After yet another hearing between the Securities and Exchange Commission (SEC) and Ripple, the crypto community has been ecstatic about the way the court date turned out.
After Magistrate Judge Sarah Netburn demanded clarification on whether everyone who sold XRP was consequently in violation of securities laws by extension, the SEC attorney replied, “No, under section 4, only Ripple and affiliates of Ripple can have sold XRP illegally.”
This implies that exchanges like Binance, Kraken, Bitstamp, and Coinbase that have delisted XRP or halted its trades in the US were not in violation of securities laws and would not be if they decided to relist XRP for sale, explained attorney Jeremy Hogan.
Hogan is not involved in the case but he has been following the SEC lawsuit against Ripple closely and analyzing it weekly. He now explained that many exchanges would not have been in violation of securities laws and targeted by law enforcement if XRP were to remain listed on their platforms.
This prompted many XRP enthusiasts and investors to petition for a relisting of XRP. Following the hearing, which was dubbed a success for Ripple, many XRP advocates took to Twitter to demand that crypto exchanges relist XRP. In the U.S., the hashtag “RelistXRP” began trending on Twitter.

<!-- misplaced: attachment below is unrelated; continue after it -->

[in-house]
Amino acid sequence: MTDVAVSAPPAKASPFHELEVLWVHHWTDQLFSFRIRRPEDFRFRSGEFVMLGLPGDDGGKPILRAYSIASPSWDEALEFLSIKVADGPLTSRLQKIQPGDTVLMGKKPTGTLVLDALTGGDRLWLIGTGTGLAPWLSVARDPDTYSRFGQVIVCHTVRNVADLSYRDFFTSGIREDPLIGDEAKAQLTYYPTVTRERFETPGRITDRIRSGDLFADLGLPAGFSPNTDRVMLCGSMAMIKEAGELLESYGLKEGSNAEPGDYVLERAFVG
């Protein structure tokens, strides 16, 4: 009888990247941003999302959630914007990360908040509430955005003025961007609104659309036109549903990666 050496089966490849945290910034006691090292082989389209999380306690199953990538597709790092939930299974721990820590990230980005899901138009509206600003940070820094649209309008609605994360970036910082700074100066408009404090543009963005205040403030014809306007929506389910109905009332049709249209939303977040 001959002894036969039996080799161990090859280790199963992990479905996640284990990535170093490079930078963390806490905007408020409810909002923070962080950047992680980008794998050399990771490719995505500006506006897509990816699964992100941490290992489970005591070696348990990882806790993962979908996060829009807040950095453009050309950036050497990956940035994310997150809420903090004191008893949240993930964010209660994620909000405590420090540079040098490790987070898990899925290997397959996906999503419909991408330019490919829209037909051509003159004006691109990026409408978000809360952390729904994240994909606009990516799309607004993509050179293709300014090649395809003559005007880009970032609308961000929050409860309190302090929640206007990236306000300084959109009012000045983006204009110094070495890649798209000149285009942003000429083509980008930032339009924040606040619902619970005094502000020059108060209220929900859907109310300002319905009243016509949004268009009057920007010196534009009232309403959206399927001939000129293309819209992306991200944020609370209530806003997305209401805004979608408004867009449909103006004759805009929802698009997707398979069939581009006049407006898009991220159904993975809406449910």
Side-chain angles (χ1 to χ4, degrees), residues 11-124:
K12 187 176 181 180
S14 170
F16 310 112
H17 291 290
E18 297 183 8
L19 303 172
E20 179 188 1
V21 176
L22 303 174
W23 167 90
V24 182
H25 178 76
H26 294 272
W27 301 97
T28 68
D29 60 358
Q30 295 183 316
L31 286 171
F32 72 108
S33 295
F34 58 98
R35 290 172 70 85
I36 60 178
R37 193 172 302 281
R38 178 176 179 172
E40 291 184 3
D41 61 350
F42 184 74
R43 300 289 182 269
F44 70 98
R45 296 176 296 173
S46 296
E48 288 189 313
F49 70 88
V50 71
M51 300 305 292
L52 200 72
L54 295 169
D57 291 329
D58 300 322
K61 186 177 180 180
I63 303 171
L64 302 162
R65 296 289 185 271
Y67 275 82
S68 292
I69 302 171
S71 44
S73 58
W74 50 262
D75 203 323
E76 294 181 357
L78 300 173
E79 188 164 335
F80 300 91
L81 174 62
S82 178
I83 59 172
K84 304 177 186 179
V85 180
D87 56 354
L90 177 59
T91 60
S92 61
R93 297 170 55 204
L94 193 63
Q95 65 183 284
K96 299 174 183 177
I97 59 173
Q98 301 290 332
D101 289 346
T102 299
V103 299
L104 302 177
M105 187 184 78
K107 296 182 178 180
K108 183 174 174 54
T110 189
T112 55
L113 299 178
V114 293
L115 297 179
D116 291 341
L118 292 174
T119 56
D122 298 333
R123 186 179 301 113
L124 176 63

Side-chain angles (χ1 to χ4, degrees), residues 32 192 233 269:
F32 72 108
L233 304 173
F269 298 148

The “XRP Army” behind the cryptocurrency seems to be strong, as a pseudonymous Tweeter reported that the “#RelistXRP” hashtag generated at least 29.7K tweets.
The positive sentiment surrounding XRP also served to boost the cryptocurrency. Currently, it has managed to break through the $0.50 level and has increased by 13.6% in the past 24 hours. On CoinMarketCap, XRP is trading at $0.5792 at the time of writing.
Will XRP holders refile motion to intervene?
XRP fervour has remained strong, despite the SEC lawsuit. According to Ripple CEO Brad Garlinghouse, the lawsuit by the SEC is an attack on the whole cryptocurrency industry. His sentiments seem to be shared by many XRP investors, as they recently filed a class-action lawsuit in order to take part in the case as third-party defendants. Represented by attorney John E. Deaton, over 6,000 XRP holders joined hands and presented a motion to intervene to Judge Analisa Torres.
Although the request was denied, it was dismissed “without prejudice,” meaning that XRP investors could refile the motion in the future. Attorney Deaton assured XRP holders. His comments suggest that the attorney is actively working on refiling the request as a letter motion.
The SEC moved to sue Ripple Labs and its lead executives in December 2020, on the grounds that XRP should be regulated as a security. US securities regulators argue that through the sale of XRP tokens, Ripple Labs raised over $1.3 billion unlawfully as “unregistered digital asset securities.”
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